After flying through a whole pile of short translated fiction recently, I was left with a lot of reviews to write – meaning that I needed a book which would give me time to catch up with my blogging duties. Hmm, a big novel that I’ve been meaning to reread for some time… I think I might just have the right book for the job 😉
Leo Tolstoy’s War and Peace (translated by Rosemary Edmonds) is, by any definition, a big book. It is a great novel about a great war, at the time one of the biggest and most destructive ever. The novel starts in 1805, and the first book (125 pages) introduces the reader to our dramatis personae. The second book then takes us through their experiences at and during the Battle of Austerlitz – and that’s just the start. We then follow our characters through the the years of an uneasy cold war until Napoleon attacks Russia in 1812, which is when the story really begins. Finally, Tolstoy adds an epilogue of seven years to tell us how our friends fared after the defeat of the French – plus some philosophical musings to finish it all off.
As I said, it is a big book 😉
War and Peace is an epic, and its scope allows us to follow Tolstoy’s creations across a decade as they grow up, grow old and (in some cases) change. We see Natasha Rostov as a sprightly girl, then as a beautiful young debutante. Later she matures, learning from mistakes and hardened by the necessities of the war, finally achieving motherhood in the epilogue. Another of the major characters, Pierre Bezuhov, appears on the stage as a plump, naive buffoon, but the war gives him the opportunity for him to show his true colours; by the end of the novel, he is a familiar, middle-aged friend.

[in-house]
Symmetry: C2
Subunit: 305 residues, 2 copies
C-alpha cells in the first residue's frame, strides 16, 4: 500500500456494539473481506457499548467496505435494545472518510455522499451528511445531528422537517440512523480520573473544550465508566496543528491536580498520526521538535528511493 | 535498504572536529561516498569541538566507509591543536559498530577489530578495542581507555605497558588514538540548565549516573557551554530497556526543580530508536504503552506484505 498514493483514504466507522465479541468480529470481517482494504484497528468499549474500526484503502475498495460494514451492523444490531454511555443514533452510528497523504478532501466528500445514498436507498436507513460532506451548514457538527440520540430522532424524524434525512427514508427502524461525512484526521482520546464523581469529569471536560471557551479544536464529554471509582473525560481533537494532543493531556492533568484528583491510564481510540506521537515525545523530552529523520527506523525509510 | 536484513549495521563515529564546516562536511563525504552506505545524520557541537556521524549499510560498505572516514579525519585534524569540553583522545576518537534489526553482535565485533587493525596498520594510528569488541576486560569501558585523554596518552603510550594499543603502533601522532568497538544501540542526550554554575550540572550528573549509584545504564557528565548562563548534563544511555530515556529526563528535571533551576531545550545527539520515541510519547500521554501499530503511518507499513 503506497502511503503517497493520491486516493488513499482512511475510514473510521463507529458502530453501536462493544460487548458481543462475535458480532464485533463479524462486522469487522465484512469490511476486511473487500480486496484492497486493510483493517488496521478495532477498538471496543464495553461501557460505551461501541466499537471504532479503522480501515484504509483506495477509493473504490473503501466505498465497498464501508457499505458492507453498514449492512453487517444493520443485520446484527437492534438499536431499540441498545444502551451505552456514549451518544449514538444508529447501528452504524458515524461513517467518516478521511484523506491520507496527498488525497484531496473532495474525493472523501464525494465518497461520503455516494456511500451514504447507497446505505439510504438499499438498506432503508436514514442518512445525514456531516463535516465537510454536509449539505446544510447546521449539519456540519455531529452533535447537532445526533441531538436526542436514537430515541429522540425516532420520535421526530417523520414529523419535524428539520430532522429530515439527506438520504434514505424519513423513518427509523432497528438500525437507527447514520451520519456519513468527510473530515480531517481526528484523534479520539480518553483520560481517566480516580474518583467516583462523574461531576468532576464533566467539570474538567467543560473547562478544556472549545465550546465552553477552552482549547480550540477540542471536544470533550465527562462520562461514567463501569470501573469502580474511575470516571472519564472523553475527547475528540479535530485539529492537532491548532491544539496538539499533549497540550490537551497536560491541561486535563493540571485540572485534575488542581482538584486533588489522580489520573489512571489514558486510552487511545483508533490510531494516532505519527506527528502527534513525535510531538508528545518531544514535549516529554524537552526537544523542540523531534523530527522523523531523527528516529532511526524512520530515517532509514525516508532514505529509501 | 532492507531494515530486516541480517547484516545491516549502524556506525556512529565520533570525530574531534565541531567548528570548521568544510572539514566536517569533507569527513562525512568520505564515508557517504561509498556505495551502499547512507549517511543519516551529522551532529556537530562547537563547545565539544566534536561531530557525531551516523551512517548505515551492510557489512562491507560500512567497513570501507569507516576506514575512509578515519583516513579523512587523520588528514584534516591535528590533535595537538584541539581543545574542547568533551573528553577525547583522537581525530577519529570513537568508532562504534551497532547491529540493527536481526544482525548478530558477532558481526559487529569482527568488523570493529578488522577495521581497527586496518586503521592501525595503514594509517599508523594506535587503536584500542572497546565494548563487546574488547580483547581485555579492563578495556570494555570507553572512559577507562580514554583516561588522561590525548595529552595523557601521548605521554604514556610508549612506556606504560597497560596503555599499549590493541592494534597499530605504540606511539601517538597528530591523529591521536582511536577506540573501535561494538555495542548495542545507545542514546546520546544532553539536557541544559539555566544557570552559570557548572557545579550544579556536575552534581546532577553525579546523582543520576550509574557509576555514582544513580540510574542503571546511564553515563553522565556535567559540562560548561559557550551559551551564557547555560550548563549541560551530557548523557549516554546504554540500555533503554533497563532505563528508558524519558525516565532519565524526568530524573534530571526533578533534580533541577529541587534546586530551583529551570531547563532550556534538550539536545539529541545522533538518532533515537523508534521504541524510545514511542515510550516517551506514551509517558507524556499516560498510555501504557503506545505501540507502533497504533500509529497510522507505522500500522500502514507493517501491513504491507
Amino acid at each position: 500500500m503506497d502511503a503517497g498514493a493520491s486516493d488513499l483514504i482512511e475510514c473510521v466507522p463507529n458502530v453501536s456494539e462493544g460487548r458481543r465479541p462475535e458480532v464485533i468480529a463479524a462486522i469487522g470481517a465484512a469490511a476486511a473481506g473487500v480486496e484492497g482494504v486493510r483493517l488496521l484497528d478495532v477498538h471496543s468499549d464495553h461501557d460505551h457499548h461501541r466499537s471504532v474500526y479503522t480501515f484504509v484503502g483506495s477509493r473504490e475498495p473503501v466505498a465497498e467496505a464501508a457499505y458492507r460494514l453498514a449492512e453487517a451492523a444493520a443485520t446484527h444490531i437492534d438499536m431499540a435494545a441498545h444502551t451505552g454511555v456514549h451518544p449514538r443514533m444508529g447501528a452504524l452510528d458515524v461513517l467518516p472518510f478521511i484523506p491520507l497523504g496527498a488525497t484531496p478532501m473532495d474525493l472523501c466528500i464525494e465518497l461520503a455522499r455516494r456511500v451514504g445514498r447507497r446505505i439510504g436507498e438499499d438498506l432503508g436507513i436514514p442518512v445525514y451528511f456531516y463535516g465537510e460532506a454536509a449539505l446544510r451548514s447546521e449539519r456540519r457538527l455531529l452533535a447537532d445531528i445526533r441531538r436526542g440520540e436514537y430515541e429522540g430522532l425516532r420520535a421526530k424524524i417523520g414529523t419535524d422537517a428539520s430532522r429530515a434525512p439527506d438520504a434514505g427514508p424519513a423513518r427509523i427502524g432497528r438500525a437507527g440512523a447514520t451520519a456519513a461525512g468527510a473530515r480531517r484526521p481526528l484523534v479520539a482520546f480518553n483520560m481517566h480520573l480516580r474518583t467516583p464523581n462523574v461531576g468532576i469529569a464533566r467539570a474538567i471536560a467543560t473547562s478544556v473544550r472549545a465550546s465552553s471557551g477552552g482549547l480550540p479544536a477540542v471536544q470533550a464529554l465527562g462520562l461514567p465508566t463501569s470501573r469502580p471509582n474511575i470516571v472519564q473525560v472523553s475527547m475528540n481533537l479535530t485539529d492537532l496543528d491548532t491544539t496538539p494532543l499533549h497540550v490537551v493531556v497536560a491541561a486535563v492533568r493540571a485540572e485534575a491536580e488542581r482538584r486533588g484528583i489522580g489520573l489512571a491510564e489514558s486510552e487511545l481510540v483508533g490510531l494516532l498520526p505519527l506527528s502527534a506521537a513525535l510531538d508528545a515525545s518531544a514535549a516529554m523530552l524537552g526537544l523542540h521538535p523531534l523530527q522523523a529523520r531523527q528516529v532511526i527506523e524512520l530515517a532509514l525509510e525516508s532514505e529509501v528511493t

Although the characters change in many ways, just as in real life, they only change within the constraints of their personalities. Those who turn out to be disappointing people have the germ of this disappointment in them from the very start. The writer merely allows time to bring out what is initially partially hidden. Boris’ snobbery, Sonya’s sanctimoniousness, Petya’s impetuosity – they are all there at the start of the novel for any reader to see.
But what is War and Peace actually about? The answer is that it is a book about everything (which is, perhaps, why it is so long…). Tolstoy, through his characters, ponders the big question of the meaning of life, and he uses his 1400+ pages to explore various answers. Pierre and Prince Andrei wonder if it is about work or personal development; Maria tries education and the care of others; Boris works for his own gain, while Dolohov merely has fun wherever he can find it; Petya longs for glory, but his sister, Natasha, is aching for love. Somehow though, nobody seems to be able to find the right answer.
Pierre is especially troubled by existential matters (when not overcome by marriage problems) and spends years looking for a reason to live. At one point, he muses:
“Sometimes he remembered having heard how soldiers under fire in the trenches, and having nothing to do, try hard to find some occupation the more easily to bear the danger. And it seemed to Pierre that all men were like those soldiers, seeking refuge from life: some in ambition, some in cards, some in framing laws, some in women, some in playthings, some in horses, some in politics, some in sport, some in wine, and some in government service. ‘Nothing is without consequence, and nothing is important: it’s all the same in the end. The thing to do is to save myself from it all as best I can,’ thought Pierre. ‘Not to see it, that terrible it.’